"The powers called miraculous have been from the beginning. Christ did not give these gifts for the first time. But He, as the restorer and the great healer of soul and body, taught men their highest aim and object—the restoration of men, spiritually and physically, the individual and the race, so as to establish the kingdom of God on earth.

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"That these powers exist now, in some degree, as they have always done, is to my mind clear as daylight. That they would increase in quantity and quality, were there more "faith in the earth," I also earnestly believe. Faith, or imagination (if that name be preferred), the faculty which makes distant things present, and which realises the ideal, may be (how know we not?) the law that augments that magnetic atmosphere in which and through whose agency these things happen. Some deep thinker has said that "spirits make substance." If that be so, may not faith act upon and increase magnetism? But ours, alas, are not "days of faith." They are, for the most part, days of the sheerest and grossest materialism. Love of the outward, the transient, the unreal, stamp and characterise them. Nevertheless, the gift of healing, and the power of communicating with the unseen, lives yet in our midst, and is, or ought to be, a witness to the truth of the sacred records, and another proof that God is not dead, or asleep like Baal; neither is "His arm shortened that he cannot save" now in the nineteenth century, as of old in Israel. I grant fully that, in an age such as this, great caution should be used in exercising such powers. We know so little about the conditions under which they may effect good, and so much harm may be done by failure, that to boast loudly of their possession is to exhibit a zeal untempered with discretion. Every opportunity for fair investigation should be given. Admitting the possibility and probability of these facts, there always remains the necessity for testimony and proof. Whether the cures attempted by Dr. Newton in your town will abide strict scrutiny, it is not in my power to decide. Except in the case of Mr. Young, their permanency, at least, has not been proved. Neither do you mention any other instance of such marked success. This may be the result of causes comprehensible to those who have studied the law of magnetism so far as it is known with its attractions and repulsions, though it may not be easy to explain to the less versed in these subjects.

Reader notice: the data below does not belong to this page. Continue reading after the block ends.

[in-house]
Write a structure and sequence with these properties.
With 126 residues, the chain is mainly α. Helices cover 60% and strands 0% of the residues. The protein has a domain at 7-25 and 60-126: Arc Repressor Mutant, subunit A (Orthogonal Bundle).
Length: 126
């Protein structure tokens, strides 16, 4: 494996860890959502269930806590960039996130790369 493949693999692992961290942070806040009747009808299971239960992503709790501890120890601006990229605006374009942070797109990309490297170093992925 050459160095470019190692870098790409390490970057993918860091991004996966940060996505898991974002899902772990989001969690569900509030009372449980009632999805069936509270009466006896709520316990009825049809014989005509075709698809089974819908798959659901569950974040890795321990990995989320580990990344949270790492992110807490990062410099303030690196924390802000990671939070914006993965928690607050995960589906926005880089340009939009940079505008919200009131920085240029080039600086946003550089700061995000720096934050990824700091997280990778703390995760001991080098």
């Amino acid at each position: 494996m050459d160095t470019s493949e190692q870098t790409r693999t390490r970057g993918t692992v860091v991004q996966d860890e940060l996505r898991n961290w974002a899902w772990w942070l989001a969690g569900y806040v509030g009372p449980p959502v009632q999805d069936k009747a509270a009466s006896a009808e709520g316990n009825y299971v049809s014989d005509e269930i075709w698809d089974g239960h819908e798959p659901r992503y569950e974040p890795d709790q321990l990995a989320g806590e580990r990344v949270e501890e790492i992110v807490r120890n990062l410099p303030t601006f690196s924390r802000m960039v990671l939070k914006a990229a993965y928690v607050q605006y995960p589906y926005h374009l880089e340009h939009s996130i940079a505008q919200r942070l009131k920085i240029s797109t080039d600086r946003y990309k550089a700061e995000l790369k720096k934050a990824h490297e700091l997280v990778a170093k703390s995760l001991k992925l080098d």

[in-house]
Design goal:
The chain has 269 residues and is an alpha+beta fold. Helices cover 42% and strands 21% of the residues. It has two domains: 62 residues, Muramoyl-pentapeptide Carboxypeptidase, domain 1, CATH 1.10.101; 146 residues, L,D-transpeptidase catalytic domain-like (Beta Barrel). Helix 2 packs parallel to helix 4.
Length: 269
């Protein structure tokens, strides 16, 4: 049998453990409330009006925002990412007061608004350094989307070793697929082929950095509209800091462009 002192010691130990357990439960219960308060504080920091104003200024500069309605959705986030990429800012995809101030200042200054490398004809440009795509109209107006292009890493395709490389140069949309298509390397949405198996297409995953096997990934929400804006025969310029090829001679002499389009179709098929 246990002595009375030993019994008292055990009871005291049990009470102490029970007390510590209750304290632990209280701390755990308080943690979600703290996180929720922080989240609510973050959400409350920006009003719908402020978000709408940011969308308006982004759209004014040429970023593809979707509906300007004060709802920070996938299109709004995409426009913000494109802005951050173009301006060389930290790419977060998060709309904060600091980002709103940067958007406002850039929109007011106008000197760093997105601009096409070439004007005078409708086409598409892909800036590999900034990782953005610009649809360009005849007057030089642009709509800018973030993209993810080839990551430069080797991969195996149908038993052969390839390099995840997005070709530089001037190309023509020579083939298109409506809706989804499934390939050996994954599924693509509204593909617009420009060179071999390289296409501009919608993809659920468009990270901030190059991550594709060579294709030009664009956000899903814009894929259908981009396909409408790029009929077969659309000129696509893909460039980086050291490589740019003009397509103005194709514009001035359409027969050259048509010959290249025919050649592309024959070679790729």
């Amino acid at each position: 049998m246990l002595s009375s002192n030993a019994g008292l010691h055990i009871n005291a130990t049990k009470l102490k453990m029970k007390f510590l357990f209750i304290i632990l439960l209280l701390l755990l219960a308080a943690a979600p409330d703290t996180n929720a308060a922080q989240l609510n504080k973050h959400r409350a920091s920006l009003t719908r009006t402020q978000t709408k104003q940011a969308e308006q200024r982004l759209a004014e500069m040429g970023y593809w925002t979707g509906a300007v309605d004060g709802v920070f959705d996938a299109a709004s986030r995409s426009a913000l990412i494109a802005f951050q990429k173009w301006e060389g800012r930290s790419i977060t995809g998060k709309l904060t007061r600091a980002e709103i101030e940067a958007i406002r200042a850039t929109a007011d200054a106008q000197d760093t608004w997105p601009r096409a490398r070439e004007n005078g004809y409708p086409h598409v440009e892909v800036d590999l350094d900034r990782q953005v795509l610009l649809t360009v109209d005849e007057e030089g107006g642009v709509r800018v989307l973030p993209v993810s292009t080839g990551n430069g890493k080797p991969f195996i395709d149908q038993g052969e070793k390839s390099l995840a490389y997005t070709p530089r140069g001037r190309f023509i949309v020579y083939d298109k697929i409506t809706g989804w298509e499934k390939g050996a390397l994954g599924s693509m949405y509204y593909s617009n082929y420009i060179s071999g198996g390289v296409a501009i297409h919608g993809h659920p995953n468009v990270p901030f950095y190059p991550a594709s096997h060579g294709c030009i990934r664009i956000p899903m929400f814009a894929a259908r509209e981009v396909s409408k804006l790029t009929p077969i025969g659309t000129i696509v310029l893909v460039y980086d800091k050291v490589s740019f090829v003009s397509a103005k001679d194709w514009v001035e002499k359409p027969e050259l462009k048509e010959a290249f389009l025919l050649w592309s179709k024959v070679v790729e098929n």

"It must have been a strange sight in these unbelieving days—in this matter-of-fact age, where hearts are often 'dry as summer's dust' and the gentle dew of faith and imagination has passed away—that eager, expectant throng of half curious, half hopeful sufferers, the blind, the halt, the lame—crowding to a man who had come from beyond the sea on a mission of healing. Crowding to him as of yore men crowded round St: Paul, at Ephesus, to touch him, or be touched by him, and even to imbibe his influence through garments which had received his contact.

"Knowing nothing personally of Dr. Newton, and having small sympathy with what I have read of his views and opinions, I do not write to support him individually. But being fully persuaded of God's power and presence yesterday, to-day, and for ever, and believing that what we call the miraculous is as simple and naturally in the order of His government, as the commonest circumstance of every day life, I would appeal to your readers not to turn contemptuously from these statements, but to receive them with the same wise and reverend patience which one of old time displayed, when he quieted the excitement of the assembly with the remarkable words, 'If this work be of men it will come to naught, but if it be of God, ye cannot overthrow it, lest haply ye be found even to fight against God.'—I remain, Sir, yours odediently,

A Spiritualist, but an Anglican."

London: J. Burns, 15, Southampton Row, W.C.